October 31 is my favorite holiday and the last day of one of my favorite months. Not just because I love fall and pumpkin flavored everything but because it’s National Pit Bull Awareness Month.
I discovered this fact last year when researching for my New Nodaway Humane Society duties. I even wrote an opinion piece on the significance of the month for The Missourian. But I never knew how much more this month, dedicated to the dogs, would mean to me after one year.
July 17th Nick and I officially adopted Rascal, our blue Pit Bull. You can read the beginning of his story in my previous post but after too many discussions, days without him and $80 we decided I should’ve wrote that first blog about how he was ours instead of finding him a home. He lived with Nick until school was over and then in August they visited me.
To make a very long, stressful and still very emotional story short, while Rascal was visiting he experienced a medical emergency, something that was probably created when he was younger and was now, suddenly, causing him to suffer. Within 72 hours of Nick first noticing his heavy panting we had to make the heart wrenching decision to let him go.
It was the first time either of us had to put down a pet. He was only ours for 37 days.
Over the next month I decided I wanted to get involved with another shelter. Anything to be around other dogs who needed love. Nick and I were dealing with our loss separately while he was at school with his dog and I was with Lilly. My apartment felt empty. My heart felt like it was missing a piece and maybe a little part of me felt like I needed a little more chaos. I emailed Stray Rescue about being more involved and after meeting with them I decided a temp (watching a pup when the foster family is out of town) would be best for me at the time.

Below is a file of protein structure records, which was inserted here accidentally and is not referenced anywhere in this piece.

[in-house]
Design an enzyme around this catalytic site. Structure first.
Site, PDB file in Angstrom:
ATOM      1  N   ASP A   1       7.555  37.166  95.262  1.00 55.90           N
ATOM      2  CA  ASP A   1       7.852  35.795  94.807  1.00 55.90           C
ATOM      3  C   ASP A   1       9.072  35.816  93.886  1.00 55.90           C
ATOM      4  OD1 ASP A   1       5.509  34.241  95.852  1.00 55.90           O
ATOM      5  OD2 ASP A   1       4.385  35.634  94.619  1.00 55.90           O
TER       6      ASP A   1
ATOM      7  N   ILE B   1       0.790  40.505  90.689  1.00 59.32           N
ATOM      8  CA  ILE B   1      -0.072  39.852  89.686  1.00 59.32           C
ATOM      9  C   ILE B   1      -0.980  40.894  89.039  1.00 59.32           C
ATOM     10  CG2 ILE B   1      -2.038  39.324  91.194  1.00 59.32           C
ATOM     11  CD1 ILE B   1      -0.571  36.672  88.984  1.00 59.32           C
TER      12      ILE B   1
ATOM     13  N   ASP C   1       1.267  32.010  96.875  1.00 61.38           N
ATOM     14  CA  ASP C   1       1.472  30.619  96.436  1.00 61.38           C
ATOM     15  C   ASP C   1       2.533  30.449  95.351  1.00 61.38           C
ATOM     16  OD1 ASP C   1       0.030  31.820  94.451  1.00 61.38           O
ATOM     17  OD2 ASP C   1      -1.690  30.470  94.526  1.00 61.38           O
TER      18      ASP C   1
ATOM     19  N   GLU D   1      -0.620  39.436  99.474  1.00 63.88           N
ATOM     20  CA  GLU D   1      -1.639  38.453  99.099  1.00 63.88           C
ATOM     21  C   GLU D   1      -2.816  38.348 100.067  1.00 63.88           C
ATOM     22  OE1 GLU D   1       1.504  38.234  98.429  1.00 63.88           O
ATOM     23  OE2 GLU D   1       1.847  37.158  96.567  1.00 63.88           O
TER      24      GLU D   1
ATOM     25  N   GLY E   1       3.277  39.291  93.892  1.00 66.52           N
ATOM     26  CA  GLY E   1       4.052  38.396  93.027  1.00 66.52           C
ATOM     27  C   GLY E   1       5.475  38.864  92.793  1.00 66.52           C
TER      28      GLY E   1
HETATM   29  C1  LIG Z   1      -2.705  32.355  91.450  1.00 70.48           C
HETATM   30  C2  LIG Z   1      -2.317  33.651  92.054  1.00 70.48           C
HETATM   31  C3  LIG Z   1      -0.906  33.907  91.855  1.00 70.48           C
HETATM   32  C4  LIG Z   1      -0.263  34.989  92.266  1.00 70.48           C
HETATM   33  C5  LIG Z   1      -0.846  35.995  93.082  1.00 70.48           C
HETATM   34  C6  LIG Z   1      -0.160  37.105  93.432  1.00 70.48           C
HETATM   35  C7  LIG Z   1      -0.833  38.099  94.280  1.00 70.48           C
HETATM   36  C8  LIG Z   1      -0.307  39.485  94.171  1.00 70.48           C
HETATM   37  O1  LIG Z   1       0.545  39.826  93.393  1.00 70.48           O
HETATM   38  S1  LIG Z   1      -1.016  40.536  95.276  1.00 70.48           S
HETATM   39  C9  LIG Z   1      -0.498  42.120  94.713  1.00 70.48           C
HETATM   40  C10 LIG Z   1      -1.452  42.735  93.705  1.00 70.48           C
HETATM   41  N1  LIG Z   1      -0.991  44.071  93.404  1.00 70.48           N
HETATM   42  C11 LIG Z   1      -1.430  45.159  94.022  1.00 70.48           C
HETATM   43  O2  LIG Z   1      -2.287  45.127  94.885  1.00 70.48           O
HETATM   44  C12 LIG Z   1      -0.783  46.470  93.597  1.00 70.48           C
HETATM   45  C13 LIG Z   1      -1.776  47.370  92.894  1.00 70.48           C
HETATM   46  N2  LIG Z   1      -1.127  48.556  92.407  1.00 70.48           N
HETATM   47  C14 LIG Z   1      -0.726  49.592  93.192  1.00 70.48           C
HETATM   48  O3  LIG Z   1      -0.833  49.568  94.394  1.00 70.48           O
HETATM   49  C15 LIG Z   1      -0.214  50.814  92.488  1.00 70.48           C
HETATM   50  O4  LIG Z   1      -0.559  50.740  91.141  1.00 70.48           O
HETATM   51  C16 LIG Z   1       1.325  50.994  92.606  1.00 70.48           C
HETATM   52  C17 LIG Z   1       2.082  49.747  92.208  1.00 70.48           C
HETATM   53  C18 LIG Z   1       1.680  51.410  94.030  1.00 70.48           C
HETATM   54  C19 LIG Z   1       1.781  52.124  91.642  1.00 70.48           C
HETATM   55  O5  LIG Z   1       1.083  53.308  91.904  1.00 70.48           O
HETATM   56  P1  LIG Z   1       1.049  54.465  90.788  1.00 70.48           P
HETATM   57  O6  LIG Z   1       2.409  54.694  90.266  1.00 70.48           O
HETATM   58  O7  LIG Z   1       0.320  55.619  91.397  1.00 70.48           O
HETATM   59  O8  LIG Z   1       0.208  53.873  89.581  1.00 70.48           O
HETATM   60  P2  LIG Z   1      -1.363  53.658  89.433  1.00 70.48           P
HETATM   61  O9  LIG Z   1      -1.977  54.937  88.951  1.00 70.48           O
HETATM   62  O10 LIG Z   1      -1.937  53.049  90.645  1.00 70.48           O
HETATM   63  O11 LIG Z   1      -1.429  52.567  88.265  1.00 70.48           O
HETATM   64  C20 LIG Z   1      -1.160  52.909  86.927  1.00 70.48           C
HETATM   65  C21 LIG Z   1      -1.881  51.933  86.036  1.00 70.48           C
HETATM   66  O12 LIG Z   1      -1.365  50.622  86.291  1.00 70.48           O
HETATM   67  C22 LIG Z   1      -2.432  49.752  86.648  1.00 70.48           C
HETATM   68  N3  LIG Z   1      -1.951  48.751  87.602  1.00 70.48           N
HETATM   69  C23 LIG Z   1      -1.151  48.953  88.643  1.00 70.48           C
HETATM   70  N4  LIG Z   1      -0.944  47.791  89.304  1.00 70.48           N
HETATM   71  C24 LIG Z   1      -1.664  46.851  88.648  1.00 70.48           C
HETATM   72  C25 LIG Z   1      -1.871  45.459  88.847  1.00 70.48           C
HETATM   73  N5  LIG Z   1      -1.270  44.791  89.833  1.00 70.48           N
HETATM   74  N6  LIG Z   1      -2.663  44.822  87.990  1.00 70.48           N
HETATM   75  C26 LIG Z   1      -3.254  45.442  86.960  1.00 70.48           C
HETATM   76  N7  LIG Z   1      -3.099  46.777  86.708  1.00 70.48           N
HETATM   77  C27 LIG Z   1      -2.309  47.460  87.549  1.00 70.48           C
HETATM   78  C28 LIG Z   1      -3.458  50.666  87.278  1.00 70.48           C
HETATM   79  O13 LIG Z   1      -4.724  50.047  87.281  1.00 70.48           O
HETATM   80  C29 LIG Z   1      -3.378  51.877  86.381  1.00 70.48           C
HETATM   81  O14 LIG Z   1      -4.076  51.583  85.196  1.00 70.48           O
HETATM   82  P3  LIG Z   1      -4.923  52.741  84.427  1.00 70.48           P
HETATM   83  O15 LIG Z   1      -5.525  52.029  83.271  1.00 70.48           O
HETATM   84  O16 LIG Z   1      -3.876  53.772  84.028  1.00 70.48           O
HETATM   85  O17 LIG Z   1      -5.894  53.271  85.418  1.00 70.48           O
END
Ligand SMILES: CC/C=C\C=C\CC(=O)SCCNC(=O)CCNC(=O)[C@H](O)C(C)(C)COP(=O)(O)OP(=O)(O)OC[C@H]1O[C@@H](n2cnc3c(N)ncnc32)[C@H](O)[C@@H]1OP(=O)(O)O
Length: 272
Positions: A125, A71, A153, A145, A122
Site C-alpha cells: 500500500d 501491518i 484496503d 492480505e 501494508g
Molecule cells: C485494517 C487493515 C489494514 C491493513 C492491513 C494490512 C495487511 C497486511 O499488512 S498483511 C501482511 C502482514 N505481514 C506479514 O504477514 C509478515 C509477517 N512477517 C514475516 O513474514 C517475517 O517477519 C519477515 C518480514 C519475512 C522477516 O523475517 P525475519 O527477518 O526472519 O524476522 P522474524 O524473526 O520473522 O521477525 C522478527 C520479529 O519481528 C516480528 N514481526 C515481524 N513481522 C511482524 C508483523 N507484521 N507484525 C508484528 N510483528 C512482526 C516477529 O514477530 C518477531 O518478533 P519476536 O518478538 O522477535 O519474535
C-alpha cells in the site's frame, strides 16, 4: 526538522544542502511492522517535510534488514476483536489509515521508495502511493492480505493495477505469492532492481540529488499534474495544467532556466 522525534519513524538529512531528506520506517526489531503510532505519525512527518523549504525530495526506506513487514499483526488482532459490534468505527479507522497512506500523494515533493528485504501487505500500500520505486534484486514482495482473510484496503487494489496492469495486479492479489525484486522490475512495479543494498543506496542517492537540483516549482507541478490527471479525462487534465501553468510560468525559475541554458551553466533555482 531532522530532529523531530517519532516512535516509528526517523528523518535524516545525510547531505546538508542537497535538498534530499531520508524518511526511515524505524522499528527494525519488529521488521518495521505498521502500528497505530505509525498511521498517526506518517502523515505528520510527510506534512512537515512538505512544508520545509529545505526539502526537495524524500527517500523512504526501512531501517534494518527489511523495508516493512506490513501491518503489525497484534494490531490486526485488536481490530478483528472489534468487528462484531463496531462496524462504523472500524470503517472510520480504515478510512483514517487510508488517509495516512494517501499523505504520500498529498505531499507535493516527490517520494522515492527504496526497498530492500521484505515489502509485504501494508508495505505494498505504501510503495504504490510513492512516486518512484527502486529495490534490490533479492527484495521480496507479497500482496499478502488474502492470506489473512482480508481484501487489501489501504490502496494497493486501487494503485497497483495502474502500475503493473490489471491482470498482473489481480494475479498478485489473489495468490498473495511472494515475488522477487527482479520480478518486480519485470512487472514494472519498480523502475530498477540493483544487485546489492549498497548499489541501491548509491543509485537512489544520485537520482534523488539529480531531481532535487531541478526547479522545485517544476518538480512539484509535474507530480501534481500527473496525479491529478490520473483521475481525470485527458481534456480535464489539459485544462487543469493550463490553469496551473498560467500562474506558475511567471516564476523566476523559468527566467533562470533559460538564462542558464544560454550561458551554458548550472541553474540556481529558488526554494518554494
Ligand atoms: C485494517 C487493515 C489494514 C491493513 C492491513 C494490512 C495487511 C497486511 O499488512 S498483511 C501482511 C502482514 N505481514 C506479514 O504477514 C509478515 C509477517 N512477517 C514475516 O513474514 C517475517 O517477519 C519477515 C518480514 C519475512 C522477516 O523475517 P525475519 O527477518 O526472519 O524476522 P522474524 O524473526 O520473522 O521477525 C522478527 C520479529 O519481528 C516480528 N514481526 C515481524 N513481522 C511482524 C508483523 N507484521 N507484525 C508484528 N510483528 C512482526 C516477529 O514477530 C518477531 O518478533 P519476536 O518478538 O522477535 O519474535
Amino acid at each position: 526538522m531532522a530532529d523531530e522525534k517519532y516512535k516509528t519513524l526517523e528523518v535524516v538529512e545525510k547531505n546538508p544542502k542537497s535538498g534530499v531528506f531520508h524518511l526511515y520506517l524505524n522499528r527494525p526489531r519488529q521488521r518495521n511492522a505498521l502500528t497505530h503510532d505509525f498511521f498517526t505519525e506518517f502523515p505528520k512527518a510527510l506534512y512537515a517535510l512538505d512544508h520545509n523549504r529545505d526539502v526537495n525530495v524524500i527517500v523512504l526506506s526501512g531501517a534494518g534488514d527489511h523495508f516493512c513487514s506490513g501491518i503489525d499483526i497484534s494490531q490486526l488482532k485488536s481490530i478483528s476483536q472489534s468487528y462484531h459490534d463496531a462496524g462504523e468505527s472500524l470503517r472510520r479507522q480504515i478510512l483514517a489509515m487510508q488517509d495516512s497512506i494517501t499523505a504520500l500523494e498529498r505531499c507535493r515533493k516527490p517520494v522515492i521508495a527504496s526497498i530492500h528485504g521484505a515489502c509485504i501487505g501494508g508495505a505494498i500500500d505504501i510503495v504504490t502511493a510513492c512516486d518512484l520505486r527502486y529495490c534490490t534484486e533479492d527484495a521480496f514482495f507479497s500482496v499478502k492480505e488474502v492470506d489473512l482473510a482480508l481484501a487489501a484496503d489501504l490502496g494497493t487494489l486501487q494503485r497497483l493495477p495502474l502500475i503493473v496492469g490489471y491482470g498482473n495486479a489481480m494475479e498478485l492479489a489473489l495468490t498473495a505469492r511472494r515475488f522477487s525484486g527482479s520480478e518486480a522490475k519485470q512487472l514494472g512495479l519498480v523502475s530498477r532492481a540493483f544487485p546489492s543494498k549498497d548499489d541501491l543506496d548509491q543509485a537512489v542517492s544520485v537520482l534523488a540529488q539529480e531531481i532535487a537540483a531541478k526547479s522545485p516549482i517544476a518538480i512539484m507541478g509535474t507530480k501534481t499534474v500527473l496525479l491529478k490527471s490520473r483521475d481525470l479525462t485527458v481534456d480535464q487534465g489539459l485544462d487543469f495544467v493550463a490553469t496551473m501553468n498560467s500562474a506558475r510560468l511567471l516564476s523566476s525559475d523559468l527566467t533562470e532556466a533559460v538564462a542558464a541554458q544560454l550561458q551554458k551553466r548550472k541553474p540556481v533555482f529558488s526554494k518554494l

After that I had convinced myself that was enough to fill the voids I was feeling. But then one Friday I got an email from Stray Rescue saying they needed fosters. It weighed on me. Distracted me from the weekend when my family had come for a visit and on Sunday after hugging them good-bye it was less than an hour before Lilly and I were in the car.
That Sunday, exactly one month from the day we said good-bye to Rascal, I brought home Aaliayh, my Pit Bull mix, foster dog.
She is not perfect. I am constantly trying to teach her new things. She is nothing like Rascal. I get frustrated with her. She is from the streets. I don’t think she understands why she is with me. She was adopted for a year and a half and they returned her.
Last October, last National Pit Bull Awareness Month, I was a dog lover. All shapes and sizes but I was also hesitant. I admit it in the first post about Rascal but this year I can admit I was wrong. This year I can say with complete confidence that anyone who thinks Pit Bulls are different than Lilly and Bailey besides their shape and size, are wrong.
If you don’t believe me, educate yourself. If you don’t believe the research and numbers, open your heart. Go to a shelter and get to know just ONE of the pitties they have there, because trust me, they will have at least one. Take him or her for a walk. Take him or her outside of their small cage. Spend time with that animal and tell me that it is different than the one that ‘looks friendly’ ‘wont bite’ ‘isn’t an aggressive breed’ or any other excuse or stereotype you can think of.
I can guarantee you Rascal would have laid down next to you.
I can guarantee you Aaliyah will, after getting to know you, want to play.
I can guarantee you, your opinion will change.
October is over after today but that doesn’t mean the abuse, neglect and stereotype that Pit Bulls encounter will be. It won’t be over until you, me and more people help to change society.
Preconceived notions are the locks on the door to wisdom.